Studying these cells could lead to new treatments for diseases ranging from gastrointestinal disease to diabetes.
Costantino "Chris" Colombo, dean of student affairs at Columbia University's two undergraduate schools since 1998, has been named MIT's dean for student life, effective Aug. 18.
"Chris Colombo is a wonderfulÂ addition to the Institute community," MIT President Susan Hockfield said. "He combines enthusiasm for working with students with an impressive record of building and supporting vibrant communities. His deep experience with academic environments that foster living and learning will make him a great dean for our very strong Student Life team."
Colombo, who will live on campus with his wife, Bette, and sons, Michael and Paul, will replace Larry Benedict, who last year announced he would retire after having served as MIT's dean for student life since 2000.
"We are extremely fortunate to have Chris Colombo joining our community," said Chancellor Phillip Clay. "Chris has done an exceptional job of building the student affairs operation and culture at Columbia and of transforming the way in which services are provided to students.
"He is enthusiastic about the opportunity to build on the traditions at MIT--many of which were instilled by Larry Benedict--and to interact with students on a daily basis," Clay added.
Clay noted that as part of his work at Columbia, Colombo had successfully integrated the student life divisions of the university's two undergraduate schools, Columbia College and the Fu Foundation School of Engineering and Applied Science, and had worked effectively to build staff capacity in a collaborative style that engaged student leaders.
Colombo said he is "extremely excited" about joining the MIT family and looks forward to working with students, faculty and staff.
"As dean for student life I will have the opportunity to continue the great work already begun by the Institute," he said. "Living on campus with my family will give me ample opportunity to interact with students. I look forward to moving to Cambridge later this summer."
Colombo, a native of New York, received a BS from the University of Maryland and a master's degree in applied behavioral science with a concentration in organizational development from the Johns Hopkins University.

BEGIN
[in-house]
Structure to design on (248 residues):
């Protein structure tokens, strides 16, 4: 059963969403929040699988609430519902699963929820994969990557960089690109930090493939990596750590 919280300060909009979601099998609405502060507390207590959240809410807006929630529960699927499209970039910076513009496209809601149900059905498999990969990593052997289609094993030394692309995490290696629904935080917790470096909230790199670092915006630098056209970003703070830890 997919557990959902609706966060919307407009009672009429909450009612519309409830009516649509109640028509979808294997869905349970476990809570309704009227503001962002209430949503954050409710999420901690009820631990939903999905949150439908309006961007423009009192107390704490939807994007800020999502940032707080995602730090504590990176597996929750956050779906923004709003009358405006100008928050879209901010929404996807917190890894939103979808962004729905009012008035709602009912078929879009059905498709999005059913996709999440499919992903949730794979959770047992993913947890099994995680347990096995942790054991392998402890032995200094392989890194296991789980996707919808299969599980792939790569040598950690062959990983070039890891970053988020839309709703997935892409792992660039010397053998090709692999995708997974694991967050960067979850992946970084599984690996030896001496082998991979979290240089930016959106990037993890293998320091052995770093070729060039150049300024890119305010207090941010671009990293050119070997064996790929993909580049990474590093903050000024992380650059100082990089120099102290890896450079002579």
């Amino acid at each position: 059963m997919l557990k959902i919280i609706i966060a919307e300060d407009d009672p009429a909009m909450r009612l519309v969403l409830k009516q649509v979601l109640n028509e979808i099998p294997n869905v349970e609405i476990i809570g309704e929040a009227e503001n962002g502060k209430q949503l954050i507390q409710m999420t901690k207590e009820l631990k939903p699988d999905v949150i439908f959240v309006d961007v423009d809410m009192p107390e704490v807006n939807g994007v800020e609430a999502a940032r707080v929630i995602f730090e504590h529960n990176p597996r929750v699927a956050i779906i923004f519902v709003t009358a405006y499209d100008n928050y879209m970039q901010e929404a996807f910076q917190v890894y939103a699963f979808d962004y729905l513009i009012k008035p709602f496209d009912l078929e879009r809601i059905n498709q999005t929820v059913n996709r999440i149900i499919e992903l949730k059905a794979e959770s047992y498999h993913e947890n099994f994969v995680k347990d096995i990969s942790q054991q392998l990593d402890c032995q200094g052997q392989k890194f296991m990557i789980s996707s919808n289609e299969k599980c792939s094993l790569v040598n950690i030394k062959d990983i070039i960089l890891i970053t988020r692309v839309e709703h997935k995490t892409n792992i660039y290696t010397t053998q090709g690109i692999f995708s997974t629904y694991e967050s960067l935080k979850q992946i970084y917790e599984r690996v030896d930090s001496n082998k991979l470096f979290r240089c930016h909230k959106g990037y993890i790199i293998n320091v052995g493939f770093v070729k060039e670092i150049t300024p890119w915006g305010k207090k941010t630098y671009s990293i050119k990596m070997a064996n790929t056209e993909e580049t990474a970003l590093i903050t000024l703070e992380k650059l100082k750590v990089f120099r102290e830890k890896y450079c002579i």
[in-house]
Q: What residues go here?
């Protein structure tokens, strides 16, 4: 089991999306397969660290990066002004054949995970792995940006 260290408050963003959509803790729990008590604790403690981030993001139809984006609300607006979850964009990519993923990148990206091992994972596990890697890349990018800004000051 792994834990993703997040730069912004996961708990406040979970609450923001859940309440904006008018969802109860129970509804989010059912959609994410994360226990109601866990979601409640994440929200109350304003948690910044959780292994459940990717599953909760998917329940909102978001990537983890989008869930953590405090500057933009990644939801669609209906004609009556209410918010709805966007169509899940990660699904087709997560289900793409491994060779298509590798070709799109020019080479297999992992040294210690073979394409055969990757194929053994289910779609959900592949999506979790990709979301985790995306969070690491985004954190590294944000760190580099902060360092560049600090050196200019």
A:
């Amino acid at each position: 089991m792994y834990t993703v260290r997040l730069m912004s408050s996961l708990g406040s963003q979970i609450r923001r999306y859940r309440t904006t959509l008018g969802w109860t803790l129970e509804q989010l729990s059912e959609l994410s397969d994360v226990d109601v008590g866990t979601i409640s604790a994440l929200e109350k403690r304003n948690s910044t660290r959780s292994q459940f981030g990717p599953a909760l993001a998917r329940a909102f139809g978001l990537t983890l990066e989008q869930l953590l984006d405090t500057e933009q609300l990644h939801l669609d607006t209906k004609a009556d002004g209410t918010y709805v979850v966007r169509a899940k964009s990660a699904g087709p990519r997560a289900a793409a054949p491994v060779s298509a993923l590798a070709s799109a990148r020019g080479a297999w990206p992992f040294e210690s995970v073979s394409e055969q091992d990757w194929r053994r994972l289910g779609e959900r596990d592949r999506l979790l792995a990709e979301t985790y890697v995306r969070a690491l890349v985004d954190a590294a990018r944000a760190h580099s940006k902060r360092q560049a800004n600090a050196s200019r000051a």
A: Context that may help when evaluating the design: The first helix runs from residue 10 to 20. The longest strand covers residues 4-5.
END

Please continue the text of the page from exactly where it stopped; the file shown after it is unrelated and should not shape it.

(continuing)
As dean of student affairs at Columbia, Colombo was responsible for the development, implementation and oversight of programs and services to support the educational, social and personal development of students--as well as for building a strong sense of community among students in the university's undergraduate schools.
Prior to being named dean of student affairs for the undergraduate schools, Colombo served Columbia as dean of undergraduate admissions and financial aid (1995-1998) and as dean of students for the School of Engineering and Applied Science (1992-1998).
From 1975 to 1992, Colombo worked at Johns Hopkins in a variety of positions, including dean of students and Dean of Homewood Schools Services.
Professor Steven Lerman, vice chancellor of MIT and chair of the search committee that recommended Colombo, noted that the position attracted a large field of particularly well-qualified candidates, which complicated the committee's task of selecting the right person for the job.
"However, in our national search, Chris Colombo emerged as uniquely qualified to lead student life at MIT," Lerman said. "His enormous experience and proven ability to advocate for students, provide extraordinary leadership, develop new programs and manage large organizations within a major research university make him ideally suited to be the next dean for student life here. Everyone on the search committee was enthusiastic about his candidacy and welcomes him to the MIT community."
Noah Jessop, president of the Undergraduate Association, said he was "delighted" that Colombo would be joining MIT.
"Having had the opportunity to meet with him on one of his visits to campus, I can attest that he fervently cares about his students, understands how to represent them in the context of an academic institution, and tirelessly thinks about the betterment of the community around him," Jessop said.Â "I expect he is exactly the kind of advocate students want and need; we are fortunate to welcome him to MIT."
In addition to Lerman, the search committee comprised Alison Alden, vice president for human resources; Stephen Baker, president of the Association of Independent Living Groups; John diFava, director of facilities operations and security; Kerry A. Emanuel, professor in the Department of Earth, Atmospheric and Planetary Sciences; Martin Holmes, outgoing president of the Undergraduate Association; Ann E. McCants, professor of history; Muriel Medard, professor in the Department of Electrical Engineering and Computer Science; Paul Nerenberg, graduate student in physics; Elizabeth Reed, senior associate dean in the Division of Undergraduate Education; and Marcus A. Thompson, professor of music.